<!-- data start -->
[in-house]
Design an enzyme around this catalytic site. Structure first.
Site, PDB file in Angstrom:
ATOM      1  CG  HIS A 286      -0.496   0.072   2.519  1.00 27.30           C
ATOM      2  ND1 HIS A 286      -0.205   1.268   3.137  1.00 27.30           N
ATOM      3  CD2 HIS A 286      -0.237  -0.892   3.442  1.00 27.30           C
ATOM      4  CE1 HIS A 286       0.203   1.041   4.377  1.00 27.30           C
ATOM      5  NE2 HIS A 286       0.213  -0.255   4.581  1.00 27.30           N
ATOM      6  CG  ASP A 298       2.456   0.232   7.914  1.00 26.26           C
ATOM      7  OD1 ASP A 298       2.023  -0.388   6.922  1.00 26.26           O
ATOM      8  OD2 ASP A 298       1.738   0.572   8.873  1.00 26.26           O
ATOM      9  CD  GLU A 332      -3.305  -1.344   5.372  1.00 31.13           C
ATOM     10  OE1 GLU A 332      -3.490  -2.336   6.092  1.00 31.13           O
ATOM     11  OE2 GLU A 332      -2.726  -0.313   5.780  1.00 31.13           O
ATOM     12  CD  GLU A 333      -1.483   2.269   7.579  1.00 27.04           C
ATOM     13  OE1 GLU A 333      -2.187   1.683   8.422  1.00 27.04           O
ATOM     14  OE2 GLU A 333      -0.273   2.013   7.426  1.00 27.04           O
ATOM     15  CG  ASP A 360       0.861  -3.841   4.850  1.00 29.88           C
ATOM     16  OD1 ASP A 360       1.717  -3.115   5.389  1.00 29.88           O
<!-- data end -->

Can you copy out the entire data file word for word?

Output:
[in-house]
Design an enzyme around this catalytic site. Structure first.
Site, PDB file in Angstrom:
ATOM      1  CG  HIS A 286      -0.496   0.072   2.519  1.00 27.30           C
ATOM      2  ND1 HIS A 286      -0.205   1.268   3.137  1.00 27.30           N
ATOM      3  CD2 HIS A 286      -0.237  -0.892   3.442  1.00 27.30           C
ATOM      4  CE1 HIS A 286       0.203   1.041   4.377  1.00 27.30           C
ATOM      5  NE2 HIS A 286       0.213  -0.255   4.581  1.00 27.30           N
ATOM      6  CG  ASP A 298       2.456   0.232   7.914  1.00 26.26           C
ATOM      7  OD1 ASP A 298       2.023  -0.388   6.922  1.00 26.26           O
ATOM      8  OD2 ASP A 298       1.738   0.572   8.873  1.00 26.26           O
ATOM      9  CD  GLU A 332      -3.305  -1.344   5.372  1.00 31.13           C
ATOM     10  OE1 GLU A 332      -3.490  -2.336   6.092  1.00 31.13           O
ATOM     11  OE2 GLU A 332      -2.726  -0.313   5.780  1.00 31.13           O
ATOM     12  CD  GLU A 333      -1.483   2.269   7.579  1.00 27.04           C
ATOM     13  OE1 GLU A 333      -2.187   1.683   8.422  1.00 27.04           O
ATOM     14  OE2 GLU A 333      -0.273   2.013   7.426  1.00 27.04           O
ATOM     15  CG  ASP A 360       0.861  -3.841   4.850  1.00 29.88           C
ATOM     16  OD1 ASP A 360       1.717  -3.115   5.389  1.00 29.88           O